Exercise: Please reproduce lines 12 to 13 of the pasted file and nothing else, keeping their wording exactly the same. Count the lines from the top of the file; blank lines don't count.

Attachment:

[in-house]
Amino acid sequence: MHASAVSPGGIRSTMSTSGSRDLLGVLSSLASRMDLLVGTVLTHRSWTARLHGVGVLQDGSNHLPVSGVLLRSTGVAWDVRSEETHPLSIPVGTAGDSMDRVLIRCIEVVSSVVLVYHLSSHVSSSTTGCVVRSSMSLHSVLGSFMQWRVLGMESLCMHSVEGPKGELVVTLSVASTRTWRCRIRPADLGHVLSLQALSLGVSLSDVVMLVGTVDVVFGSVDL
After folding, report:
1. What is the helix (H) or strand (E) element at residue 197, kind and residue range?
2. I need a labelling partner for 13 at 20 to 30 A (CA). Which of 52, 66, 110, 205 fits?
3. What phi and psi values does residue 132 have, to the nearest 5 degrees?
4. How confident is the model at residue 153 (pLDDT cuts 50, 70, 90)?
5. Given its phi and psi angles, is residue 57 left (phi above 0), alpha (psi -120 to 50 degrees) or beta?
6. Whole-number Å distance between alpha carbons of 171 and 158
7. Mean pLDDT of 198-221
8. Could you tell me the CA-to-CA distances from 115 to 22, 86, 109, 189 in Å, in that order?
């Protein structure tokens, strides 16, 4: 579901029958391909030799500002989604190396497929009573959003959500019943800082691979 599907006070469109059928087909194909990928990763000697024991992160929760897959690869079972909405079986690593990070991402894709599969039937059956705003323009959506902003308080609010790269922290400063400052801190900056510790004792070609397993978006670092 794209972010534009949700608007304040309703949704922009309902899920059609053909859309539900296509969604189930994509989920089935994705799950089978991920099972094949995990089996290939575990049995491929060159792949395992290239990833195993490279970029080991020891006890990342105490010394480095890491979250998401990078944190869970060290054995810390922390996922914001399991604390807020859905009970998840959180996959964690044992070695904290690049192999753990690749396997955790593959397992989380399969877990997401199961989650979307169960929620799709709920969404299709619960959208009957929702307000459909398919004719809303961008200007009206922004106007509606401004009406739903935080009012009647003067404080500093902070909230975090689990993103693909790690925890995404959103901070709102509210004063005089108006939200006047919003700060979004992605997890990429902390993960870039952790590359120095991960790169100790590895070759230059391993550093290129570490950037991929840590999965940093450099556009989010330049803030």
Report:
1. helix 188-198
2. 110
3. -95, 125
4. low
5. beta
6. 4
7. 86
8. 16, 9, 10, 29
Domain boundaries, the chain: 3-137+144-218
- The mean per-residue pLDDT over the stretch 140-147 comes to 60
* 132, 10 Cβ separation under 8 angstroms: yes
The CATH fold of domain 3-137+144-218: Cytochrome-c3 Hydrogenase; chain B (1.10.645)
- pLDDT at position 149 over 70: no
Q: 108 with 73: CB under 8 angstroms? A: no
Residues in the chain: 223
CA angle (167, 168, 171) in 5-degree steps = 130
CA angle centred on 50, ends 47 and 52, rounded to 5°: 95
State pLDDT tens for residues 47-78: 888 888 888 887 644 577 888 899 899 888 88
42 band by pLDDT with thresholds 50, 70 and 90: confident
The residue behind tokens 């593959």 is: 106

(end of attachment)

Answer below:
């Protein structure tokens, strides 16, 4: 579901029958391909030799500002989604190396497929009573959003959500019943800082691979 599907006070469109059928087909194909990928990763000697024991992160929760897959690869079972909405079986690593990070991402894709599969039937059956705003323009959506902003308080609010790269922290400063400052801190900056510790004792070609397993978006670092 794209972010534009949700608007304040309703949704922009309902899920059609053909859309539900296509969604189930994509989920089935994705799950089978991920099972094949995990089996290939575990049995491929060159792949395992290239990833195993490279970029080991020891006890990342105490010394480095890491979250998401990078944190869970060290054995810390922390996922914001399991604390807020859905009970998840959180996959964690044992070695904290690049192999753990690749396997955790593959397992989380399969877990997401199961989650979307169960929620799709709920969404299709619960959208009957929702307000459909398919004719809303961008200007009206922004106007509606401004009406739903935080009012009647003067404080500093902070909230975090689990993103693909790690925890995404959103901070709102509210004063005089108006939200006047919003700060979004992605997890990429902390993960870039952790590359120095991960790169100790590895070759230059391993550093290129570490950037991929840590999965940093450099556009989010330049803030």
Report: